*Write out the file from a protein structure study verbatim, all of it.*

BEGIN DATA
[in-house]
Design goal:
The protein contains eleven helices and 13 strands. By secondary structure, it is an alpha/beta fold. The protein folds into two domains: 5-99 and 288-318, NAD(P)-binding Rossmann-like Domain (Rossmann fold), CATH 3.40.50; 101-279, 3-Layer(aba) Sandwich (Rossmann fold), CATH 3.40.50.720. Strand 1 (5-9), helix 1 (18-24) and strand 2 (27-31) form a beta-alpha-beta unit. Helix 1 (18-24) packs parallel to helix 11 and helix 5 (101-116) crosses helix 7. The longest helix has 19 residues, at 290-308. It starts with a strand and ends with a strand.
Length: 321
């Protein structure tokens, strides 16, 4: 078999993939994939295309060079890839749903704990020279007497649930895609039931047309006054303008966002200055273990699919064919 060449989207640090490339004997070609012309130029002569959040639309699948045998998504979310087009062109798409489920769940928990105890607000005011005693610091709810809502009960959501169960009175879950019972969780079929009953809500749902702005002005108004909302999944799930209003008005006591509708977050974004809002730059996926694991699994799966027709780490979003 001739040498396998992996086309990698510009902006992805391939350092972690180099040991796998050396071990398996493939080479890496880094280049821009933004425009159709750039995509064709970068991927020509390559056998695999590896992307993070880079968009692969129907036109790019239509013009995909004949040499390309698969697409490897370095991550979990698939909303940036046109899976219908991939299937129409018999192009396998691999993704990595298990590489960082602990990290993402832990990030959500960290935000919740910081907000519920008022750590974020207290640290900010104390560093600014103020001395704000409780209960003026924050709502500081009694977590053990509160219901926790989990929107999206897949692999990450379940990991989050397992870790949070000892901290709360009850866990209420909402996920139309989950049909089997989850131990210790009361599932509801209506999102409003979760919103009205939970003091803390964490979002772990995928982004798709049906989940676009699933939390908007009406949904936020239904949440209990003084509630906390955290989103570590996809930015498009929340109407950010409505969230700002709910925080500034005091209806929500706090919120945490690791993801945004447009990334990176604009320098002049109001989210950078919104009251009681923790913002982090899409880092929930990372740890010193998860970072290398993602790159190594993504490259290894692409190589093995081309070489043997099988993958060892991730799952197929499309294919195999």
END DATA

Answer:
[in-house]
Design goal:
The protein contains eleven helices and 13 strands. By secondary structure, it is an alpha/beta fold. The protein folds into two domains: 5-99 and 288-318, NAD(P)-binding Rossmann-like Domain (Rossmann fold), CATH 3.40.50; 101-279, 3-Layer(aba) Sandwich (Rossmann fold), CATH 3.40.50.720. Strand 1 (5-9), helix 1 (18-24) and strand 2 (27-31) form a beta-alpha-beta unit. Helix 1 (18-24) packs parallel to helix 11 and helix 5 (101-116) crosses helix 7. The longest helix has 19 residues, at 290-308. It starts with a strand and ends with a strand.
Length: 321
């Protein structure tokens, strides 16, 4: 078999993939994939295309060079890839749903704990020279007497649930895609039931047309006054303008966002200055273990699919064919 060449989207640090490339004997070609012309130029002569959040639309699948045998998504979310087009062109798409489920769940928990105890607000005011005693610091709810809502009960959501169960009175879950019972969780079929009953809500749902702005002005108004909302999944799930209003008005006591509708977050974004809002730059996926694991699994799966027709780490979003 001739040498396998992996086309990698510009902006992805391939350092972690180099040991796998050396071990398996493939080479890496880094280049821009933004425009159709750039995509064709970068991927020509390559056998695999590896992307993070880079968009692969129907036109790019239509013009995909004949040499390309698969697409490897370095991550979990698939909303940036046109899976219908991939299937129409018999192009396998691999993704990595298990590489960082602990990290993402832990990030959500960290935000919740910081907000519920008022750590974020207290640290900010104390560093600014103020001395704000409780209960003026924050709502500081009694977590053990509160219901926790989990929107999206897949692999990450379940990991989050397992870790949070000892901290709360009850866990209420909402996920139309989950049909089997989850131990210790009361599932509801209506999102409003979760919103009205939970003091803390964490979002772990995928982004798709049906989940676009699933939390908007009406949904936020239904949440209990003084509630906390955290989103570590996809930015498009929340109407950010409505969230700002709910925080500034005091209806929500706090919120945490690791993801945004447009990334990176604009320098002049109001989210950078919104009251009681923790913002982090899409880092929930990372740890010193998860970072290398993602790159190594993504490259290894692409190589093995081309070489043997099988993958060892991730799952197929499309294919195999």